Les Baux de Provence

Information sign at the village entrance

This sign at the village entrance provides a good overview of village, plateau, and castle ruins.

Les Baux de Provence is a spectacular place! The village itself is located below a plateau, one end of which is taken up by the ruins of an 11th century castle. The village gets its name from its location: in Provenšal, the term "baou" designates a craggy outcrop. One doesn't have to spend a great deal of time in Les Baux to realize just how appropriate that is. Les Baux has given its name to the aluminum ore "Bauxite" that was discovered here in 1821.

Located roughly 24 kilometers (15 miles) fron Arles, Les Baux is just a little over a two-hour drive from where we live, a distance that raises the issue of whether the page should be part of the "Trips" or "The Area" section of this site. Precedences exist for both choices, but this time I opted for the "Trips" section on the grounds that "The Area" already contains many pages.

I arrived in Les Baux just before 9:30 in the morning on March 3, 2012; the weather was rather dark and gray, and there was literally no one around. In the absence of sun there were no shadows, so the light lent itself to capturing the many subtle tones and details in the old structures and rock.

Click on any image to see a larger (1500 x 1000 pixel) version!


The Les Baux castle ruins seen from the valley The view from the parking lot

The Les Baux castle ruins seen from the valley

The view from the parking lot


The tourist office Looking up the Grand'Rue Looking down the Grand'Rue

The tourist office

Looking up the Grand'Rue

Looking down the Grand'Rue


Place Louis Jou View from the place Louis Jou

Place Louis Jou

View from the place Louis Jou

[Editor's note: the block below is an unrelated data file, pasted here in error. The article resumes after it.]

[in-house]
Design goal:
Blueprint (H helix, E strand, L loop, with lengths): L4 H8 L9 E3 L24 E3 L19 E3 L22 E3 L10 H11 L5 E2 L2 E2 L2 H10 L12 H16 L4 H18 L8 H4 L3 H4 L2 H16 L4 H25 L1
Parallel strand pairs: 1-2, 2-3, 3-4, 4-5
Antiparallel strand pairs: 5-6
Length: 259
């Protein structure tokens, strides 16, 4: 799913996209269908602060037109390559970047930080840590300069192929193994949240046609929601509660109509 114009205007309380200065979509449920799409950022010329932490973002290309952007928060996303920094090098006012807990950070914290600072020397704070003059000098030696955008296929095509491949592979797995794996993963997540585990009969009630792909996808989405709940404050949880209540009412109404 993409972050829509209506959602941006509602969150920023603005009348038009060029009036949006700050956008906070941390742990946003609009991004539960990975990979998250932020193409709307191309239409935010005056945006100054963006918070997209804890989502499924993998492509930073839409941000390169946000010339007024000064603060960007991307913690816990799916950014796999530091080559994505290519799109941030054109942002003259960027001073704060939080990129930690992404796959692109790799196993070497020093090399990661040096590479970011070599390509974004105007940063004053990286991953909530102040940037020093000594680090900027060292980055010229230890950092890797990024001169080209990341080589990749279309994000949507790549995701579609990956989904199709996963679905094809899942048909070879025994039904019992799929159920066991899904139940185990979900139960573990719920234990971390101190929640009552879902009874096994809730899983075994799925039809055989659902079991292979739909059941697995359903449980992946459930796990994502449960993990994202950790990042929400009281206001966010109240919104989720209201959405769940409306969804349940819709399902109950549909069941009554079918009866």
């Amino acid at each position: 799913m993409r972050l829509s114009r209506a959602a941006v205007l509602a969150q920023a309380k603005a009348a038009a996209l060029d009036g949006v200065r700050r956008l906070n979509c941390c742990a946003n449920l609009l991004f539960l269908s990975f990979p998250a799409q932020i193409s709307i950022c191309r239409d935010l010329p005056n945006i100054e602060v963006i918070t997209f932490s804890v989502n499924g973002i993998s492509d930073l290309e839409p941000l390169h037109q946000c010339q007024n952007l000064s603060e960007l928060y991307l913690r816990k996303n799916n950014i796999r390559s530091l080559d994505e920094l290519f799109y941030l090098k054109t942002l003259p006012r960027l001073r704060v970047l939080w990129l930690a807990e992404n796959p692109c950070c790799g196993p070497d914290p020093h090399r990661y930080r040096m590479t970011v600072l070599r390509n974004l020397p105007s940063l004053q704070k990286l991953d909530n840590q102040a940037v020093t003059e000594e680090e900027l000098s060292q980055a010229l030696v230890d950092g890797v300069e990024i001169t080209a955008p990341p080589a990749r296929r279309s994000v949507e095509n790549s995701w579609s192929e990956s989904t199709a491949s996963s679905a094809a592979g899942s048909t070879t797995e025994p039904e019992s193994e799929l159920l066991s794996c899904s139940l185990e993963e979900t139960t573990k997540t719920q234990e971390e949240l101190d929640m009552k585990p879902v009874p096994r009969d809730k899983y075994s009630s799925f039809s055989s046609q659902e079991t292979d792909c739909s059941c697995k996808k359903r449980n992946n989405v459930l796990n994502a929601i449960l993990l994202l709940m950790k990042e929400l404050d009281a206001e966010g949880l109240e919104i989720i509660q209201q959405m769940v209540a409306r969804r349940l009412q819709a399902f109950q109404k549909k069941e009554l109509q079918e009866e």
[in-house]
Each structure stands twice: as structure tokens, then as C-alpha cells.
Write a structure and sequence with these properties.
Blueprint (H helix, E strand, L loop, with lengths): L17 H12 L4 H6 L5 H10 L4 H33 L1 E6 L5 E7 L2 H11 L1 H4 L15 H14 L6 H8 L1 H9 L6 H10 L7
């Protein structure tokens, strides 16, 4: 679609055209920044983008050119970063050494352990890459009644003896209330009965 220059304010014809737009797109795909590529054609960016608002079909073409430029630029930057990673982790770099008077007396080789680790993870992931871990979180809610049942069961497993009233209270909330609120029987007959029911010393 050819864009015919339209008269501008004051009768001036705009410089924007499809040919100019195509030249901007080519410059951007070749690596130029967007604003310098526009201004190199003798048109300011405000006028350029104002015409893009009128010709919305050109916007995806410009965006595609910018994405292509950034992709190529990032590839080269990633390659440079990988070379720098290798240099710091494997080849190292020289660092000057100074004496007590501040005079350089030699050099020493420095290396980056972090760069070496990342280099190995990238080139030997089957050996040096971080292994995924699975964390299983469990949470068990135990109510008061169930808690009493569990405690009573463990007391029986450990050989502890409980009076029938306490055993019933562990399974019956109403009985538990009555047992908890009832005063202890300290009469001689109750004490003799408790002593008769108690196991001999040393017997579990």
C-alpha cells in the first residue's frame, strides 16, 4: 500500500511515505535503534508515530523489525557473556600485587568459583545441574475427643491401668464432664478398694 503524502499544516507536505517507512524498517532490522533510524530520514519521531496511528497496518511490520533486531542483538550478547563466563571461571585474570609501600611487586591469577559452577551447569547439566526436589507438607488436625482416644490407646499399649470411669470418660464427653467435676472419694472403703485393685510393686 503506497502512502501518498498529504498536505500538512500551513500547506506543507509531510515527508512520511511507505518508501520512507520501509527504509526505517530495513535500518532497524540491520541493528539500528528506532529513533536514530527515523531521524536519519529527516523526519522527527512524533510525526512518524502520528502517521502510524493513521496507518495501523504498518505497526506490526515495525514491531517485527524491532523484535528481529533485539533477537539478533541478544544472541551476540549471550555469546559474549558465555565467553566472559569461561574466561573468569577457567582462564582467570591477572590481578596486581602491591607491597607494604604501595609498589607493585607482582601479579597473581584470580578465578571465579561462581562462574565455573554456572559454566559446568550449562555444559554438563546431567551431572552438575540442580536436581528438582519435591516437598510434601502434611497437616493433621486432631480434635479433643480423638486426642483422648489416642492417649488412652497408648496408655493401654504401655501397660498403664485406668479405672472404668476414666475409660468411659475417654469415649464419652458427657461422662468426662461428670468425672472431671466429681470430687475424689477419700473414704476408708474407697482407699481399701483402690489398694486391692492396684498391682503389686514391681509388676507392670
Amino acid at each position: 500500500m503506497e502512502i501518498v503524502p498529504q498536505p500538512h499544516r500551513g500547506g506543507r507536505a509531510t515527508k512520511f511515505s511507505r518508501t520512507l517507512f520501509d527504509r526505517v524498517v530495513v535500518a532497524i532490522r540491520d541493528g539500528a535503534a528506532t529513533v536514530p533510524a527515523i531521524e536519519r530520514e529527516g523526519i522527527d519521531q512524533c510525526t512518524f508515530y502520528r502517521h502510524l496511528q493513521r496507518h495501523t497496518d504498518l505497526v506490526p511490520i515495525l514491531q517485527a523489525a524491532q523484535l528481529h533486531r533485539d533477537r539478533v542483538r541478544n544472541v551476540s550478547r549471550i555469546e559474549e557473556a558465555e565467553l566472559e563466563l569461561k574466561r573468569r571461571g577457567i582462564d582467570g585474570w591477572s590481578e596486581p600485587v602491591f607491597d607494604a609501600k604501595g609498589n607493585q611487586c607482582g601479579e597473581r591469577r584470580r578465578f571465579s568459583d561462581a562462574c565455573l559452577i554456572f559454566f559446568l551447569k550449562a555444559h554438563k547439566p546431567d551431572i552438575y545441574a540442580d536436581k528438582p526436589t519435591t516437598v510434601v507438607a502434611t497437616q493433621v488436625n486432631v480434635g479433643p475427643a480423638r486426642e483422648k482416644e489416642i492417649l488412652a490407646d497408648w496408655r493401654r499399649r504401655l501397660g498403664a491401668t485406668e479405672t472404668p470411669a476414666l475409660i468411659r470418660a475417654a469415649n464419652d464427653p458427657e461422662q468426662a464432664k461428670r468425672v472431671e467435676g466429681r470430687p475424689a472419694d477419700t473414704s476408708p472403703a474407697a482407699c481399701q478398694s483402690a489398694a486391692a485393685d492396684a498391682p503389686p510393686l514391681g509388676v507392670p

One of the ways into the valley Blue shutters Side street

One of the ways into the valley

Blue shutters

Side street

On my first trip to Les Baux, back in 1992 and thus long before my digital photography days, I had seen what I thought was a typical and photogenic Provençal store, and I had taken a picture of it. During my current visit, I was surprised to see the very same store; only the color of the shutters had changed from a brown to a light blue shade. I took one photo, then looked at the inside of the nearby chapel and church. Before leaving that particular area, I took another photo, this time of the right side of the store. It is not until I started selecting photos for this page that it occurred to me that I could combine my two store images into a smal panorama. The result is shown below, and as far as I am concerned it is far superior to the photograph I took in 1992. There is no doubt in my mimd: at least as far as the 35mm format is concerned, digital has vastly surpassed the quality of analog photography.


Provenšal store (2-image panorama)

Provençal store (2-image panorama)


Place Saint Vincent Chapel of the 'penitents blancs'

Place Saint Vincent

Chapel of the penitents blancs


Exterior view of the chapel Saint Vincent church Saint Vincent church

Exterior view of the chapel

Saint Vincent church

Saint Vincent church

On the plateau, there are several restored siege weapons. The tallest of these is a 16-meter (52-ft) Trebuchet capable of hurling a 50 to 100 kilogram (110 to 220 pound) rock over a distance of some 200 meters (220 yards). The trebuchet weighs about 7,000 kilograms (over 15,400 pounds) and 60 trained soldiers were required to install and operate it. There are several other medieval war machines, including a crossbow catapult and a covered battering ram. The castle ruins themselves feature several parts worth exploring. There are two towers one can climb (though the steps to the taller one are a bit tricky, especially on the way down), and it is also possible to reach the top of the main building, though it's officially forbidden ("proceed at your own risk").